By solely focusing on the consequences of sea ice reduction, we may be neglecting the root of the issue: the emissions that drive climate change.
Therefore, it is crucial to consider the multifaceted nature of this problem and adopt a holistic approach that encompasses all relevant factors in order to effectively address the challenges faced by polar bears and their ecosystems.
Polar bears, existing in 19 subpopulations across the Arctic, heavily rely on sea ice as their hunting grounds for seals.
However, the alarming rate at which ice is melting has forced these bears to either seek land or swim further from the shore in search of ice.
This unfortunate situation has had a detrimental effect on their ability to find food, resulting in prolonged fasting periods that deplete their fat reserves.
The primary cause of this ice loss is human-induced global warming, which has significantly reduced the number of sea ice days available for the bears to accumulate their vital fat reserves.
If this warming trend continues unchecked, scientists predict that the majority of polar bears could face extinction by the end of the century.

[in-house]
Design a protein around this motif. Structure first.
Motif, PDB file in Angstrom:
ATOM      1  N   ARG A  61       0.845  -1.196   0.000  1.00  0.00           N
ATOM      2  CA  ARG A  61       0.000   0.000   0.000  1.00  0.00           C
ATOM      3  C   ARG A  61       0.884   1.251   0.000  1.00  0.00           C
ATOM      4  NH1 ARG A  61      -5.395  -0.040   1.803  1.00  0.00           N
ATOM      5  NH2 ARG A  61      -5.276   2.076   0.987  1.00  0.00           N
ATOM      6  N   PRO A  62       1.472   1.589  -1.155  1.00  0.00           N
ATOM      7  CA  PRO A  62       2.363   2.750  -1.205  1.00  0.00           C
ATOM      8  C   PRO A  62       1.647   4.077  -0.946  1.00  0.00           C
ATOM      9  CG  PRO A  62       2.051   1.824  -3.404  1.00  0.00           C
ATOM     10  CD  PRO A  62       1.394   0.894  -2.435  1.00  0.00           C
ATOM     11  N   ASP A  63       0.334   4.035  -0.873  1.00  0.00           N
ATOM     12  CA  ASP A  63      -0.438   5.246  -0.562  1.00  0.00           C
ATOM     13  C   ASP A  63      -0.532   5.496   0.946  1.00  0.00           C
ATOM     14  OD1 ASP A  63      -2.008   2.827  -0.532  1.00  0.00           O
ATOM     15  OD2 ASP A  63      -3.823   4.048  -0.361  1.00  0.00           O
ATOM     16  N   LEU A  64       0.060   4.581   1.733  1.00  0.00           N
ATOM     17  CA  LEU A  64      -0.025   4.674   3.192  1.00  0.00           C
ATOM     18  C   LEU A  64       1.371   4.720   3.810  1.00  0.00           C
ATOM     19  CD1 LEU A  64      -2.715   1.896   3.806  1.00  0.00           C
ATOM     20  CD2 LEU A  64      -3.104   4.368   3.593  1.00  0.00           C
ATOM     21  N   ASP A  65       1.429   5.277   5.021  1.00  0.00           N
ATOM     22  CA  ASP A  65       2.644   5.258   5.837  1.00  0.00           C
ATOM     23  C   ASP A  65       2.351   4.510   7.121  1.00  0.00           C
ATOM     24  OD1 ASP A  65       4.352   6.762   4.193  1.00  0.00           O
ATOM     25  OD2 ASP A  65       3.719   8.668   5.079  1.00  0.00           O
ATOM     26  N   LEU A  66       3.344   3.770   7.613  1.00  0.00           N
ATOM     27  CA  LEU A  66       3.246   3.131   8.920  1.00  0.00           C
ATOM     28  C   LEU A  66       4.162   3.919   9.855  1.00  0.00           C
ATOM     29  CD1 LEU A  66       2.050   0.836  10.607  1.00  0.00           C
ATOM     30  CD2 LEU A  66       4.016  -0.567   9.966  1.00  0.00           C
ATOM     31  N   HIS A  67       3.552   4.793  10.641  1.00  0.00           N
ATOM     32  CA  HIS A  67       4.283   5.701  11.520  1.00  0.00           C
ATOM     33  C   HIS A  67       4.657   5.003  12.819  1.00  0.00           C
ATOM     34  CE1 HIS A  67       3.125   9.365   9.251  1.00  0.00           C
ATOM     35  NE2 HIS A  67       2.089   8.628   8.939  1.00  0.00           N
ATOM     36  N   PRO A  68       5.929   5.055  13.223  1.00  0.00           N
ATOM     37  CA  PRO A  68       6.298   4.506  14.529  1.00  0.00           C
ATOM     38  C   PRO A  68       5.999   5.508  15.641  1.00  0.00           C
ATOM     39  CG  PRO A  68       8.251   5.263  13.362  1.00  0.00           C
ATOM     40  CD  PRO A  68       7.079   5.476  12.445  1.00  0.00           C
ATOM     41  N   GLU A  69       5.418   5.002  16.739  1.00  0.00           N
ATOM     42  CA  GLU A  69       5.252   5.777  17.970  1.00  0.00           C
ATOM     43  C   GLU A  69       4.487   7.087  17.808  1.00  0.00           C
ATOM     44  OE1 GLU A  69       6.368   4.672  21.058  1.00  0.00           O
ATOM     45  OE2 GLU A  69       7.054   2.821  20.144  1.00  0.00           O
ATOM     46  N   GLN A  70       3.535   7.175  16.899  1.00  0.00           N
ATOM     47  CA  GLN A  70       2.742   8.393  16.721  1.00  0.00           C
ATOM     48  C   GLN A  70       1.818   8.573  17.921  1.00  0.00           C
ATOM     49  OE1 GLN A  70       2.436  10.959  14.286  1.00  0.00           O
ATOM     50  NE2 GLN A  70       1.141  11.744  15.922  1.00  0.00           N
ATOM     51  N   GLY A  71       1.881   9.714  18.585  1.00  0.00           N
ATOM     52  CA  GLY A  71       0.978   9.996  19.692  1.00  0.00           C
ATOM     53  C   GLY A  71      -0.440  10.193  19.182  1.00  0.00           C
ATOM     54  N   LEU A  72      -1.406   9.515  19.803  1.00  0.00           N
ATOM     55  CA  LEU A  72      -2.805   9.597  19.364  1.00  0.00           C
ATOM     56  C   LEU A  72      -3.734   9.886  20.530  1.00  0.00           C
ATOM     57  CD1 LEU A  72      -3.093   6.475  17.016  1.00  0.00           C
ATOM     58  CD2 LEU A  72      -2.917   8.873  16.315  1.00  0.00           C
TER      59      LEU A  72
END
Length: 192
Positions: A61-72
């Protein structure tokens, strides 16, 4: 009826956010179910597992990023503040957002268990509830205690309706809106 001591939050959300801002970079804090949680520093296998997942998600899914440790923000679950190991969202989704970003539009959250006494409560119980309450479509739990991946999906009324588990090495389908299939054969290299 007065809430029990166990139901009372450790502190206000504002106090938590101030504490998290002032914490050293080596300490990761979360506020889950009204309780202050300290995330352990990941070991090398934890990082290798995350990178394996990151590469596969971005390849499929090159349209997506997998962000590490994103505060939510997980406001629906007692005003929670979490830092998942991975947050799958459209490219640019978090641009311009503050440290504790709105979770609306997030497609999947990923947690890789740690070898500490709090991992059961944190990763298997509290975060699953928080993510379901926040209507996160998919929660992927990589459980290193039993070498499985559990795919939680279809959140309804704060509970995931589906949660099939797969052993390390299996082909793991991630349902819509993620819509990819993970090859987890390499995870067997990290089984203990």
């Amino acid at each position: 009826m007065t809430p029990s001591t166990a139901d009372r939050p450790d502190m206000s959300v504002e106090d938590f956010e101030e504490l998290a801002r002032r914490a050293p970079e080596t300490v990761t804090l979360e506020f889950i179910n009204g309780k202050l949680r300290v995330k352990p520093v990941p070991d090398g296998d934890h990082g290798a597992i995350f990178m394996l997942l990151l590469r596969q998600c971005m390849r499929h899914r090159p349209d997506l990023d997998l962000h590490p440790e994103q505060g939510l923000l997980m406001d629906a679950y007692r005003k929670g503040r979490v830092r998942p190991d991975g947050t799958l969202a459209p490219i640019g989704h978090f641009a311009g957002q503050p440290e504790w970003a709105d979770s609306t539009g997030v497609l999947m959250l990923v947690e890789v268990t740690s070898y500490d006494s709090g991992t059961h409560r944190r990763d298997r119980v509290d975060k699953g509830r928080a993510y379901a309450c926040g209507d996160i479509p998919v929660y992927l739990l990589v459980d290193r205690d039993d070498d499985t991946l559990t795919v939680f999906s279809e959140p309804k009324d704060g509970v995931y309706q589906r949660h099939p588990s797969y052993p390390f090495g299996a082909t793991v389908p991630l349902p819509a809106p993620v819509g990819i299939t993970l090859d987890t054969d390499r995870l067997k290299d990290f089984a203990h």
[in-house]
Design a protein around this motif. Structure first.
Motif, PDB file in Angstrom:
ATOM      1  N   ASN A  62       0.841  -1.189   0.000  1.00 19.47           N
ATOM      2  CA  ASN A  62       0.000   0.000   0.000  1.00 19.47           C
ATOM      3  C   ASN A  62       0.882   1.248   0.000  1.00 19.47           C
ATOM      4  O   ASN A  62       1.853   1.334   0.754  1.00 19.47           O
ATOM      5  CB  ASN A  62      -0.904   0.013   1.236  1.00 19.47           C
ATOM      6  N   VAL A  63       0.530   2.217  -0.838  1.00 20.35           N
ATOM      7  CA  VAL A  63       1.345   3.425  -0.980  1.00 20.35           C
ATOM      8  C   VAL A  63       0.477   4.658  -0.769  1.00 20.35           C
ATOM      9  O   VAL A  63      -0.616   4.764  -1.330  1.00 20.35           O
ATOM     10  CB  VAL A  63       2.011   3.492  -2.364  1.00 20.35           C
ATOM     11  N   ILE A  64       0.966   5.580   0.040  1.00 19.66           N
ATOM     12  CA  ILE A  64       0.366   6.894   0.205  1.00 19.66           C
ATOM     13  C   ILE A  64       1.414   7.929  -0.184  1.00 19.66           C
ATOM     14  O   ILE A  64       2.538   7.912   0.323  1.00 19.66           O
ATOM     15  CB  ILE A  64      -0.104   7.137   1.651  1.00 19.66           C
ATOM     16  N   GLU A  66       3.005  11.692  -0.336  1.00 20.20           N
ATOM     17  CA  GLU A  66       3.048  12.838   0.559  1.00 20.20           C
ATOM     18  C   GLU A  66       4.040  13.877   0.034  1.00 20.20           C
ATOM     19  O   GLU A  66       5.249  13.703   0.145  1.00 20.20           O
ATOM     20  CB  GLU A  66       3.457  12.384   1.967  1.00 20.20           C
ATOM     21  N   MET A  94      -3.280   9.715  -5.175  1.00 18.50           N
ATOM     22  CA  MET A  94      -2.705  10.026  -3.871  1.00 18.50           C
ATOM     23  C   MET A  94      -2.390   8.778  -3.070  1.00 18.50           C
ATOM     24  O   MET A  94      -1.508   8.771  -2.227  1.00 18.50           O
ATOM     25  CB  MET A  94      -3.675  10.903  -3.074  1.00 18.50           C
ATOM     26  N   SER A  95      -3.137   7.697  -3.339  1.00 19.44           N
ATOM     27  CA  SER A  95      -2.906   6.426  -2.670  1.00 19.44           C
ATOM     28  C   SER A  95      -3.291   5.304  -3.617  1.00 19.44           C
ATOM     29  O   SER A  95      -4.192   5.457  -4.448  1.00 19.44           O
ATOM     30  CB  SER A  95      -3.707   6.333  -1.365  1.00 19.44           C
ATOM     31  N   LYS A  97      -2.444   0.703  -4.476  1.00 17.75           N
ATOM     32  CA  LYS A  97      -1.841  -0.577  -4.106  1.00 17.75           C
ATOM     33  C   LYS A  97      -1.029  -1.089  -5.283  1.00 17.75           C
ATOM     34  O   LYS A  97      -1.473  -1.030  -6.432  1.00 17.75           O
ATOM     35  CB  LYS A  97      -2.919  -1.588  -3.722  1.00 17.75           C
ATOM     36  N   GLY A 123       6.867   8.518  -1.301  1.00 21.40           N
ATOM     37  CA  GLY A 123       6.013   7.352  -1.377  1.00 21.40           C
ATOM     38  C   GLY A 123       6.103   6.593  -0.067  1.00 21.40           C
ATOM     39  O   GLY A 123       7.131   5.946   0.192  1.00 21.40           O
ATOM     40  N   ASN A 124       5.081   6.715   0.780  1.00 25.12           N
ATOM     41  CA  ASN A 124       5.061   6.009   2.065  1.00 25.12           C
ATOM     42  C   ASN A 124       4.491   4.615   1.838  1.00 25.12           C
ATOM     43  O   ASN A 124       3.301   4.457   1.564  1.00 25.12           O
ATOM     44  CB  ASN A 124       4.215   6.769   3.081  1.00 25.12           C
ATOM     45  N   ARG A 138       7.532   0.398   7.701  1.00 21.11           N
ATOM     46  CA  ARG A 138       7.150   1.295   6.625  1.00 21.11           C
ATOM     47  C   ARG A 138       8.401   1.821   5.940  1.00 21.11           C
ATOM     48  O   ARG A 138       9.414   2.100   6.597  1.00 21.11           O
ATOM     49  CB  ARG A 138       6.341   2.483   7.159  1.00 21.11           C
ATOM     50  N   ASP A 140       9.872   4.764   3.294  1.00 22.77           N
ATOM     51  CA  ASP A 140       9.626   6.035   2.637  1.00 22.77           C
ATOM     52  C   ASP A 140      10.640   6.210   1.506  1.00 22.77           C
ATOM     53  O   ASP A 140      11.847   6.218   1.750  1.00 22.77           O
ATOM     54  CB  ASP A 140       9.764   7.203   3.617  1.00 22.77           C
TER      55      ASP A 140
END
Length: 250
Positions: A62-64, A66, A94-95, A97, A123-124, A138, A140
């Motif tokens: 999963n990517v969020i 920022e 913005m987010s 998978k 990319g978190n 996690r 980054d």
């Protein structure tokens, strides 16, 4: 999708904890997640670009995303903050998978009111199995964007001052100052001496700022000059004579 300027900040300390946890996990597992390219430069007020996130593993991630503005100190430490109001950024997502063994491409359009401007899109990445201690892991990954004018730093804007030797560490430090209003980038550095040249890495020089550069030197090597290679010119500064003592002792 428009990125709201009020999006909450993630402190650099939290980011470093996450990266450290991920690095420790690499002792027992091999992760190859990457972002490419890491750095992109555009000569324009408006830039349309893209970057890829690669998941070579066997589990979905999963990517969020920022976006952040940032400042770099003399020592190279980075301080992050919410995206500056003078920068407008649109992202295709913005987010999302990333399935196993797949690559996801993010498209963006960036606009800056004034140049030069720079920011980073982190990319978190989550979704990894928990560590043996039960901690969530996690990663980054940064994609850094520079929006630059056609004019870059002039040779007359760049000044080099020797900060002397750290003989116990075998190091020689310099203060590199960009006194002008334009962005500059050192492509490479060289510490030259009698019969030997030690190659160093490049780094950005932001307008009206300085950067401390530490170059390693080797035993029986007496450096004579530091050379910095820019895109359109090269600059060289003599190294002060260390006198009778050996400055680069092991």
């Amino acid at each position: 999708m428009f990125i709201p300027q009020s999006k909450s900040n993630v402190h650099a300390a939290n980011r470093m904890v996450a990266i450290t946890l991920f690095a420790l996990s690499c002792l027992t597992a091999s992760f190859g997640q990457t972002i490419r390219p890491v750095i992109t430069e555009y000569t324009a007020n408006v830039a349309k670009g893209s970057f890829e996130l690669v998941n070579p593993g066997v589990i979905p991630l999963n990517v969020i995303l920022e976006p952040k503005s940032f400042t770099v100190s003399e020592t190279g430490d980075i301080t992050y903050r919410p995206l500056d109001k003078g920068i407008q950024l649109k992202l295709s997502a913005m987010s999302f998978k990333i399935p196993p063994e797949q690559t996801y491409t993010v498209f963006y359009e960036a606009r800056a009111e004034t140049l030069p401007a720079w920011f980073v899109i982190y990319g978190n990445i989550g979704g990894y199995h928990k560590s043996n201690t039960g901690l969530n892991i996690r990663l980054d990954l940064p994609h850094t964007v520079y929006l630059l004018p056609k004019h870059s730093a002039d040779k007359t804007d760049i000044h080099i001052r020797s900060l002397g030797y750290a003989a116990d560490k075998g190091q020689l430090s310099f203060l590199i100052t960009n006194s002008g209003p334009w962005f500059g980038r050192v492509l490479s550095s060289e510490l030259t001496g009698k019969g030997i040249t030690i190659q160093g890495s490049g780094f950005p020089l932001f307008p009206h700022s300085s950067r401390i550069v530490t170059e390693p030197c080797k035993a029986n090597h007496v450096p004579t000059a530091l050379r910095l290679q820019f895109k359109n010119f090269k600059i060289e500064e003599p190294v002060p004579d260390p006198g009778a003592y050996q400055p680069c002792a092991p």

A recent study conducted in 2020 highlighted the direct correlation between the number of fasting days and the survival rate of polar bear cubs.
Building upon this finding, the authors of a new study sought to quantify the exact number of ice-free, fasting days caused by a specific amount of human-caused greenhouse gas emissions.
This distinction is crucial as it goes beyond the existing atmospheric concentrations and focuses on the emissions themselves, making it highly relevant for policy-making.
Cecilia M. Bitz, a co-author of the study and a climatologist and director of the climate change program at the University of Washington, emphasized the importance of considering emissions when formulating policies.